The Intergovernmental Panel On Climate Change (IPCC) drastically understates the warming potential of soot (black carbon) in its report to policy makers. The IPCC has an agenda and that agenda is to blame manmade carbon dioxide emission for climate change. Europe and Asia emit most of the soot from burning coal, wood, dung, and diesel in open fires or without particulate filters in stoves, chimneys, smokestacks, and exhaust pipes. The United States has been restricting soot emissions in Draconian fashion since the Clean Air Act of 1963. The IPCC agenda is really about blaming the United States. I document all this below the fold.
JOURNAL OF GEOPHYSICAL RESEARCH, 2002
Control of fossil-fuel particulate black carbon and organic matter,
possibly the most effective method of slowing global warming
Black Soot and Snow: A Warmer Combination (my emphasis)
NASA News Archive
December 22, 2003
New research from NASA scientists suggests emissions of black soot alter the way sunlight reflects off snow. According to a computer simulation, black soot may be responsible for 25 percent of observed global warming over the past century.
Soot in the higher latitudes of the Earth, where ice is more common, absorbs more of the sunÃ¢â‚¬â„¢s energy and warmth than an icy, white background. Dark-colored black carbon, or soot, absorbs sunlight, while lighter colored ice reflects sunlight.
Soot in areas with snow and ice may play an important role in climate change. Also, if snow- and ice-covered areas begin melting, the warming effect increases, as the soot becomes more concentrated on the snow surface. Ã¢â‚¬Å“This provides a positive feedback (i.e. warming); as glaciers and ice sheets melt, they tend to get even dirtier,Ã¢â‚¬Â said Dr. James Hansen, a researcher at NASAÃ¢â‚¬â„¢s Goddard Institute for Space Studies, New York.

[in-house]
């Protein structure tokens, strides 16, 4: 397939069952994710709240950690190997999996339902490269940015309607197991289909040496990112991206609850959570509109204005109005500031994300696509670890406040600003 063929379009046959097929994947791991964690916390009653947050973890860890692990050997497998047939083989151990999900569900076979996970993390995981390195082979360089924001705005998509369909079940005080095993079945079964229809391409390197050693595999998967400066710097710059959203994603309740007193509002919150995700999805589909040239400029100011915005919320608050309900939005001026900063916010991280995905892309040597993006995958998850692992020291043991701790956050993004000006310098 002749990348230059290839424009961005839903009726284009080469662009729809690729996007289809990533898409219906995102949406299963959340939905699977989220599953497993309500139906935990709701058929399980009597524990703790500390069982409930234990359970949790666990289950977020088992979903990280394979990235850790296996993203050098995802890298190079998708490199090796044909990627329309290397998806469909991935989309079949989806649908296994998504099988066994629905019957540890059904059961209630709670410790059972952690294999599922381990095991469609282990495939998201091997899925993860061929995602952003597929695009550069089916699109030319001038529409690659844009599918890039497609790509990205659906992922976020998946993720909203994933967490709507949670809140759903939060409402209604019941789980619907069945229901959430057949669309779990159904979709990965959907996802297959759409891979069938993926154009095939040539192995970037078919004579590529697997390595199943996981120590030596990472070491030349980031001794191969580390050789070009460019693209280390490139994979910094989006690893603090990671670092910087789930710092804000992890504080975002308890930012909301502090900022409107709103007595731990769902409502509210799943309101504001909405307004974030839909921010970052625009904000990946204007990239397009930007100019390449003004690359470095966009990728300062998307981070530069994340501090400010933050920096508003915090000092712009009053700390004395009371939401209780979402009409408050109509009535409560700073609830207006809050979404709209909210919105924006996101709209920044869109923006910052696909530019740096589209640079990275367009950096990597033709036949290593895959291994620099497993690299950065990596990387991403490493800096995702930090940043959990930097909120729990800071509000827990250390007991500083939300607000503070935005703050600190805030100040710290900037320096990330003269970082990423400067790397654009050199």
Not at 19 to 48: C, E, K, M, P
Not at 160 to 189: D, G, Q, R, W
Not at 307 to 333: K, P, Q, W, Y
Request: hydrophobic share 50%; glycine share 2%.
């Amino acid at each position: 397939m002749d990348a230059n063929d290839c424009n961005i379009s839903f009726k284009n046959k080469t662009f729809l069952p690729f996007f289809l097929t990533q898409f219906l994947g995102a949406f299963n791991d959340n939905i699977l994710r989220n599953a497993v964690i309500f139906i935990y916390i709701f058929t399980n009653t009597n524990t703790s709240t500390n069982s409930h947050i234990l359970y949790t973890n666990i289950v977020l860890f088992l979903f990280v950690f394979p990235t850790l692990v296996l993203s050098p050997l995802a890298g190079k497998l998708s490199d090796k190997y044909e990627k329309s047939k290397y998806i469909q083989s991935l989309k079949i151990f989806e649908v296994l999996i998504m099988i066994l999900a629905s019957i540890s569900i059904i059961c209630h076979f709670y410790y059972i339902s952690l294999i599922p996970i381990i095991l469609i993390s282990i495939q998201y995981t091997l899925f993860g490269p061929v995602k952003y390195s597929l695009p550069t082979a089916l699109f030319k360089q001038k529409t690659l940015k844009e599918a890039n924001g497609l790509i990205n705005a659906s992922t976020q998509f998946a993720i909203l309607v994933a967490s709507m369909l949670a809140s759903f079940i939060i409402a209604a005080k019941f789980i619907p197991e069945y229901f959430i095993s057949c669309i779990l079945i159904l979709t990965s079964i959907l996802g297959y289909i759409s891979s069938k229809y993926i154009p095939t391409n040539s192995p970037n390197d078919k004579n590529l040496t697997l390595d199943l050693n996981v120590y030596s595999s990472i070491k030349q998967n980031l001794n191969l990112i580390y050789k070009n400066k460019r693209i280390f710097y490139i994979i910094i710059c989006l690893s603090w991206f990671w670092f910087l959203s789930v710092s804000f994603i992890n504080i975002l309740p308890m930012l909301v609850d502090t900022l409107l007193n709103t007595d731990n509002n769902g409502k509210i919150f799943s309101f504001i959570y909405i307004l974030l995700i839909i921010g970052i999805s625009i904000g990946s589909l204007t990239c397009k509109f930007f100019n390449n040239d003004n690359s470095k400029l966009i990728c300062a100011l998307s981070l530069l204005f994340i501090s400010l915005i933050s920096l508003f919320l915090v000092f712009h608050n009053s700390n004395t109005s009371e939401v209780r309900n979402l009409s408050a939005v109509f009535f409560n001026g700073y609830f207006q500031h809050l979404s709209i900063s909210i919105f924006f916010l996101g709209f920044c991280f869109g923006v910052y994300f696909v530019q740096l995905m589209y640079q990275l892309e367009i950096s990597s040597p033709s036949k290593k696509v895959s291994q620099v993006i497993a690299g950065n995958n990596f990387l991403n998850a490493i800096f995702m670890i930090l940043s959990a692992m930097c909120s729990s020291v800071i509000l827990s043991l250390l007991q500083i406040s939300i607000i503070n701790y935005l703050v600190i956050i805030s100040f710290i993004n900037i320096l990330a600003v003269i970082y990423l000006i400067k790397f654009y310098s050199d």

Hansen and Larissa Nazarenko, both of the Goddard Institute and Columbia UniversityÃ¢â‚¬â„¢s Earth Institute, found sootÃ¢â‚¬â„¢s effect on snow albedo (solar energy reflected back to space), which has been neglected in previous studies, may be contributing to trends toward early springs in the Northern Hemisphere, thinning Arctic sea ice, melting glaciers and permafrost. Soot also is believed to play a role in changes in the atmosphere above the oceans and land.
Ã¢â‚¬Å“Black carbon reduces the amount of energy reflected by snow back into space, thus heating the snow surface more than if there were no black carbon,Ã¢â‚¬Â Hansen said.
SootÃ¢â‚¬â„¢s increased absorption of solar energy is especially effective in warming the worldÃ¢â‚¬â„¢s climate. Ã¢â‚¬Å“This forcing is unusually effective, causing twice as much global warming as a carbon-dioxide forcing of the same magnitude,Ã¢â‚¬Â Hansen noted.
Scientists Watch Dark Side Of The Moon To Monitor Earth’s Climate
“Earth’s climate is driven by the net sunlight that it absorbs,” says Philip R. Goode, leader of the New Jersey Institute of Technology team, Director of the Big Bear Solar Observatory, and a Distinguished Professor of Physics at NJIT. “We have found surprisingly large–up to 20 percent–seasonal variations in Earth’s reflectance. Further, we have found a hint of a 2.5-percent decrease in Earth’s albedo over the past five years.” If Earth reflected even one percent less light, the effect would be significant enough to be a concern with regard to global warming.